Abstract and Keywords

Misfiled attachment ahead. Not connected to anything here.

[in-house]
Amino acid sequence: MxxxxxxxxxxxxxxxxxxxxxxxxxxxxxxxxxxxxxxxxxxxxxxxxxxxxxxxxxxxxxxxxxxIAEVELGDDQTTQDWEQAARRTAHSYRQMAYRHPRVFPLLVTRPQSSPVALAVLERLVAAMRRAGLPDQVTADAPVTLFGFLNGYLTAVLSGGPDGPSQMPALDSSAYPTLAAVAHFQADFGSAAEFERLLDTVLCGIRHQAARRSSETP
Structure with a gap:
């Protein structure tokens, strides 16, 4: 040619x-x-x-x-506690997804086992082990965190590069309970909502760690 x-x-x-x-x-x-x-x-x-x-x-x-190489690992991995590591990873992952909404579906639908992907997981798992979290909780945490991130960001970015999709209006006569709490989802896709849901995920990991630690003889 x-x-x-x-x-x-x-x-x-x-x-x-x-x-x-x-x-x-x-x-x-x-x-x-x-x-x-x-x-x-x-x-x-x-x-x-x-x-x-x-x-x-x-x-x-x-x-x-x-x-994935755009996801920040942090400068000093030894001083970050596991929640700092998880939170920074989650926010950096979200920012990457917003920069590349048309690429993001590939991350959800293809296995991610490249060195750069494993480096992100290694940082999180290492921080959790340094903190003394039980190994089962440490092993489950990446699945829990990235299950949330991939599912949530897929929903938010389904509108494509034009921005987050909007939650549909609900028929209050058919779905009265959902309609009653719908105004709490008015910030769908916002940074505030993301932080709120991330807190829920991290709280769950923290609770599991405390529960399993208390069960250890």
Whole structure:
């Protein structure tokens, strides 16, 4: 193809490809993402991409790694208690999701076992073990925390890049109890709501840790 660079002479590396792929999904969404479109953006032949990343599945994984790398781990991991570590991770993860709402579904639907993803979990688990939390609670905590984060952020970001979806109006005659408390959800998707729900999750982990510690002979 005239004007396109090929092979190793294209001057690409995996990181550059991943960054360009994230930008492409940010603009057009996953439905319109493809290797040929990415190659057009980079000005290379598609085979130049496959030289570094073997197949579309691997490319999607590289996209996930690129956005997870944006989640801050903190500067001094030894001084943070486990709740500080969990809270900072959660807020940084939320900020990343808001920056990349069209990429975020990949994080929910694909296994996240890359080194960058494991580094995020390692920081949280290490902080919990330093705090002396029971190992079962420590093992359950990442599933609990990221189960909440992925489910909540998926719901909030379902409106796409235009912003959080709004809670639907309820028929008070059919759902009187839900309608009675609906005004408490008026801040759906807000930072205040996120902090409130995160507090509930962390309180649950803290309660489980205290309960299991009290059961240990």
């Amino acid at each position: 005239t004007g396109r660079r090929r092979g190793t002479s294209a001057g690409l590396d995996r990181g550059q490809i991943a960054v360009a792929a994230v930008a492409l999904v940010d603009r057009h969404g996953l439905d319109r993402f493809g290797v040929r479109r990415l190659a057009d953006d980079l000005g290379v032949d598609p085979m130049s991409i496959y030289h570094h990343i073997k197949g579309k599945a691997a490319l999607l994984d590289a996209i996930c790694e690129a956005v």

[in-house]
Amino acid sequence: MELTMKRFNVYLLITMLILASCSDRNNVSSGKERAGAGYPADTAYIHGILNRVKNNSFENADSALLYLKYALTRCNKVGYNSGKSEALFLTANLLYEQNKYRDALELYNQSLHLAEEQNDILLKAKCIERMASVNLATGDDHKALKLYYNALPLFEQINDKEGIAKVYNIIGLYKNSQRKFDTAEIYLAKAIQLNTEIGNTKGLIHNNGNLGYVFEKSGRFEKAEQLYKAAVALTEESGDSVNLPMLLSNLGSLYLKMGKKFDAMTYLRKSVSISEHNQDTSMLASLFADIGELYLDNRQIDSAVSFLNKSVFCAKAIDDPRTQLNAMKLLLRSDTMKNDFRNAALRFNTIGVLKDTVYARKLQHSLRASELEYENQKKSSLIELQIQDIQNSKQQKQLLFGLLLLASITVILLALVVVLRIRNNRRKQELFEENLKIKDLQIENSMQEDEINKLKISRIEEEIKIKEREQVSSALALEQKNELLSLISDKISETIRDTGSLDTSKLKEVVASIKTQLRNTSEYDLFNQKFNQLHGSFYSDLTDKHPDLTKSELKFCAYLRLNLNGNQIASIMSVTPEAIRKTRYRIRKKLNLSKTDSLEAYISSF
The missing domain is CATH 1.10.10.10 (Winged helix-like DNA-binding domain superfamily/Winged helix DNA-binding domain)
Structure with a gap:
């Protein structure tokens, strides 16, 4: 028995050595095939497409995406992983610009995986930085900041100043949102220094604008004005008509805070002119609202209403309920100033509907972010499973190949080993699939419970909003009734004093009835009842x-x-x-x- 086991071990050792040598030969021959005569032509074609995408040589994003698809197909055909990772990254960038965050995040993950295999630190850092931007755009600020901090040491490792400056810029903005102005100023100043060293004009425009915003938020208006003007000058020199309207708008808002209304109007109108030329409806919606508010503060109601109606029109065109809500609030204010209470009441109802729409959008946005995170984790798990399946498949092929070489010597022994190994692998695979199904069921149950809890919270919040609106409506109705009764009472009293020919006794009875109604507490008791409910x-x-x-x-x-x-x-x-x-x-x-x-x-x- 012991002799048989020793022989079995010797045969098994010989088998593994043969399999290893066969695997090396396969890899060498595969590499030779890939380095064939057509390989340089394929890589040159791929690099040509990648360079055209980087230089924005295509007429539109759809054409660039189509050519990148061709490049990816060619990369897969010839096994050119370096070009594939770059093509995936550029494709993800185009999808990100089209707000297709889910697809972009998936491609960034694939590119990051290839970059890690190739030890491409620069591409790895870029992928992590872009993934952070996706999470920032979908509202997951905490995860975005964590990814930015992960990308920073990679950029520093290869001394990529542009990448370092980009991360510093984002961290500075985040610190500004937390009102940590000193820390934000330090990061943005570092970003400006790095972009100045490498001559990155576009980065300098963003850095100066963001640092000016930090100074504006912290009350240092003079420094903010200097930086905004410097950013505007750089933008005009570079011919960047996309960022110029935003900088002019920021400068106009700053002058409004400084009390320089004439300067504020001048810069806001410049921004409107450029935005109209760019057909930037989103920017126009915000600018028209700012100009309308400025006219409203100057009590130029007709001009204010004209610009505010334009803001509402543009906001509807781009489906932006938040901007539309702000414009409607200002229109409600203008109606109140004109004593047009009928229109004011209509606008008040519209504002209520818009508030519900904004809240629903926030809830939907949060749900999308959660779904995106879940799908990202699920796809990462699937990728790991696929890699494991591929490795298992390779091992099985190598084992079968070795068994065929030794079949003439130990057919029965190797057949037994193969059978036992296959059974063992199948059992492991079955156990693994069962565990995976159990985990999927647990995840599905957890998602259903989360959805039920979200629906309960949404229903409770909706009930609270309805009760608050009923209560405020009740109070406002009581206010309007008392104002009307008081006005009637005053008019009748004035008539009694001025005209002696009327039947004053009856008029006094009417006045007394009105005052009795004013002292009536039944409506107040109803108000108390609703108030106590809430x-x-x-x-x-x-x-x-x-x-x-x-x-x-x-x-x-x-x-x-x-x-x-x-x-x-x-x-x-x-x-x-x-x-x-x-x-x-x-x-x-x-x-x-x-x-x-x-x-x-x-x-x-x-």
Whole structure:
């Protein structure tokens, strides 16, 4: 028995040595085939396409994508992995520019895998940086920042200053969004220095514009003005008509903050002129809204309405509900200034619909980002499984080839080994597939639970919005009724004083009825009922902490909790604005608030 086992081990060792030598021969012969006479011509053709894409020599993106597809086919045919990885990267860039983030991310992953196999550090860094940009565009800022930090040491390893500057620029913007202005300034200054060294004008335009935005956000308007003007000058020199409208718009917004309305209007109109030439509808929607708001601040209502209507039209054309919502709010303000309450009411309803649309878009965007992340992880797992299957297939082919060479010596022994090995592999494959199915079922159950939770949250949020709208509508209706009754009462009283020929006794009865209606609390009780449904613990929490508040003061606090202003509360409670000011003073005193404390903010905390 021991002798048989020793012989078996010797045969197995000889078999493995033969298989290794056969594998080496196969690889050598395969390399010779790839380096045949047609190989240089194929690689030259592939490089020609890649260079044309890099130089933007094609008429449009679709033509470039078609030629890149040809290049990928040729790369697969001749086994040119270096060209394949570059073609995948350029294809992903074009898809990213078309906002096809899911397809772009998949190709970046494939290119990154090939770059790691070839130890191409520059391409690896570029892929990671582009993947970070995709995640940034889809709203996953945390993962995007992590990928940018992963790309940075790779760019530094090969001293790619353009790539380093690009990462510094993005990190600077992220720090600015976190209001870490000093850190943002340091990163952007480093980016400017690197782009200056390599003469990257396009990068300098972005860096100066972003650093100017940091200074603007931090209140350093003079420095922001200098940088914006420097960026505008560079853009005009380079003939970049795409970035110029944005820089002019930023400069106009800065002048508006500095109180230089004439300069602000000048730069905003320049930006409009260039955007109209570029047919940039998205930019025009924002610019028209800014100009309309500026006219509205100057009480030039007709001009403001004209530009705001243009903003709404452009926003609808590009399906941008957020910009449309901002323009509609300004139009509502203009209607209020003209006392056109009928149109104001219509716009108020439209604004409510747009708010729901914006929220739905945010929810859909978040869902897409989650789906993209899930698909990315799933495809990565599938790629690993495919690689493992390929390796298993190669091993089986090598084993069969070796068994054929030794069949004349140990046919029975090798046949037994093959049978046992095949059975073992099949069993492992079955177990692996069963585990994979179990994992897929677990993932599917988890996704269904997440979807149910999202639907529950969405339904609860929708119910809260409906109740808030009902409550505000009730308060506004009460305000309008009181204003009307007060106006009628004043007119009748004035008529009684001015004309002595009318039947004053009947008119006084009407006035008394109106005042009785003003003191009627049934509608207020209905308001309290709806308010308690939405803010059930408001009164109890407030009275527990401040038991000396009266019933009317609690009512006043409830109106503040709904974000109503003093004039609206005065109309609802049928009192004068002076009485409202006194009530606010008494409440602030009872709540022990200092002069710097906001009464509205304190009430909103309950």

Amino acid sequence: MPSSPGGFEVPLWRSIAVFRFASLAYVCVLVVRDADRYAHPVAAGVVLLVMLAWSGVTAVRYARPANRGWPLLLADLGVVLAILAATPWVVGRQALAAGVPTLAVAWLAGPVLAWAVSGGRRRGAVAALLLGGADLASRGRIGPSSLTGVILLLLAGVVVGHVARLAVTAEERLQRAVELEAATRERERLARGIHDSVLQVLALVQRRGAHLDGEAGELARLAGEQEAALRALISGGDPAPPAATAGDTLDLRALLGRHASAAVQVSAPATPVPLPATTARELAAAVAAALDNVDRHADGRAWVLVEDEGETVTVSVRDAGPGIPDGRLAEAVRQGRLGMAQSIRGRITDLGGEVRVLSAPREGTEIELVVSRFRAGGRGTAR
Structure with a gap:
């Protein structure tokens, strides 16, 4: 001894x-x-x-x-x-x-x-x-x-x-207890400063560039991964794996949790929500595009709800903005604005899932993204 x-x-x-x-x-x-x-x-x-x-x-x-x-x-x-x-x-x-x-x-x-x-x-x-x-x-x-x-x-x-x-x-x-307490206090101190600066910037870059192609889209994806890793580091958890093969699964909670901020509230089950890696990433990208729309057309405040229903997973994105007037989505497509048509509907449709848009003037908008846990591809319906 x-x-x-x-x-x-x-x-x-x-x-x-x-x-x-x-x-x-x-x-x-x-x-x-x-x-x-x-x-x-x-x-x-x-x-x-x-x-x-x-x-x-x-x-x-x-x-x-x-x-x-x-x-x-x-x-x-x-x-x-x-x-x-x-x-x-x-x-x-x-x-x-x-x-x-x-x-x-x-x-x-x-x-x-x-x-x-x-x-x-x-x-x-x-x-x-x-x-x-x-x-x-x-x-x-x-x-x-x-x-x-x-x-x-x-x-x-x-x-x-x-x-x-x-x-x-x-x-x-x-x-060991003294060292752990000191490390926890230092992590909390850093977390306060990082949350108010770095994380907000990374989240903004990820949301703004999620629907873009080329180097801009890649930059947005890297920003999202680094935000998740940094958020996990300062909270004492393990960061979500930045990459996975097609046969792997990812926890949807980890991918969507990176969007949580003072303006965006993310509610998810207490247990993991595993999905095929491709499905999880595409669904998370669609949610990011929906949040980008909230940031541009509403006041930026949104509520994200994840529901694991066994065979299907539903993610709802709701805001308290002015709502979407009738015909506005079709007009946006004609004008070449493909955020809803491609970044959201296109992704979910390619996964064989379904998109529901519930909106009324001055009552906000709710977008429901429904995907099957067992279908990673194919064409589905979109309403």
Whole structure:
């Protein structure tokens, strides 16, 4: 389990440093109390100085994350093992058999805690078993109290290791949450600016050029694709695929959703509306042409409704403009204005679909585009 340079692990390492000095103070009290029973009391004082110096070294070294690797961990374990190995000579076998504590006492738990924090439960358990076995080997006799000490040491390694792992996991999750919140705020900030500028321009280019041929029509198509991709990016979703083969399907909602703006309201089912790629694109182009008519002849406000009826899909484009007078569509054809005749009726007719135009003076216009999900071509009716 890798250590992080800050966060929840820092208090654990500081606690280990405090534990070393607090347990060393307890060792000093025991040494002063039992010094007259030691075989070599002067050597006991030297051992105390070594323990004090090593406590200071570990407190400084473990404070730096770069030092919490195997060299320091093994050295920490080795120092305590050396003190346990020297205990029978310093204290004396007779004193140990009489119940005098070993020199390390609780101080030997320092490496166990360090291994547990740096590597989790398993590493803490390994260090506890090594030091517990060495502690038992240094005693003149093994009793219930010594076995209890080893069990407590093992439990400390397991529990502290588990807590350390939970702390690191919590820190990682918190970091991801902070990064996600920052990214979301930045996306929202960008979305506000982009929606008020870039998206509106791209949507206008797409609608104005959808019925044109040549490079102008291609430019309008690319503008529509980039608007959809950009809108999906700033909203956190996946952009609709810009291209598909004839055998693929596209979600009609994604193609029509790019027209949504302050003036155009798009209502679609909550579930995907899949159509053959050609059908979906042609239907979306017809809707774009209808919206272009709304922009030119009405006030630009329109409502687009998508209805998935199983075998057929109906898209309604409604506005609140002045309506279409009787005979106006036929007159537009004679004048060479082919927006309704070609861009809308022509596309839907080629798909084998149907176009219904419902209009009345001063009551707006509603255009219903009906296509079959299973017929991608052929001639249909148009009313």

This article examines the use of evolutionary theories in law and economics. It begins with a discussion of the concept of evolution. It then explains the central ideas of three central evolutionary approaches in law and economics: the neo-institutional approach, microeconomic models, and the idea of competing jurisdictions. Neo-institutionalist approaches provide a bouquet of arguments which may be used to explain the evolution of law. Microeconomic approaches driven by demand for, and supply of legal rules as well as their interactions with social norms and technological evolution may provide such models, but, since these models are based on Markov processes and thus on stochasticity, they may only describe and predict expected values of legal change. As a consequence, explanations of specific legal variations cannot be traced back to specific elements of these evolutionary theories in law and economics. This caveat persists even if one would extend the models to allow for co-evolution of jurisdictions partly driven by comparative lawyers' research. Nevertheless, the said microeconomic approaches may still be useful for normative evaluations of differences in the law: If the frameworks of legal evolution in jurisdictions differ, the theory may offer arguments for why the evolution in one or the other will tend towards a more desirable outcome (for example efficiency). One should however always be aware that these theories can only make statements on tendencies of evolution, not on specific legal changes. The same caveats apply in an even stronger way to the use of (evolutionary) theories of inter-jurisdictional competition.
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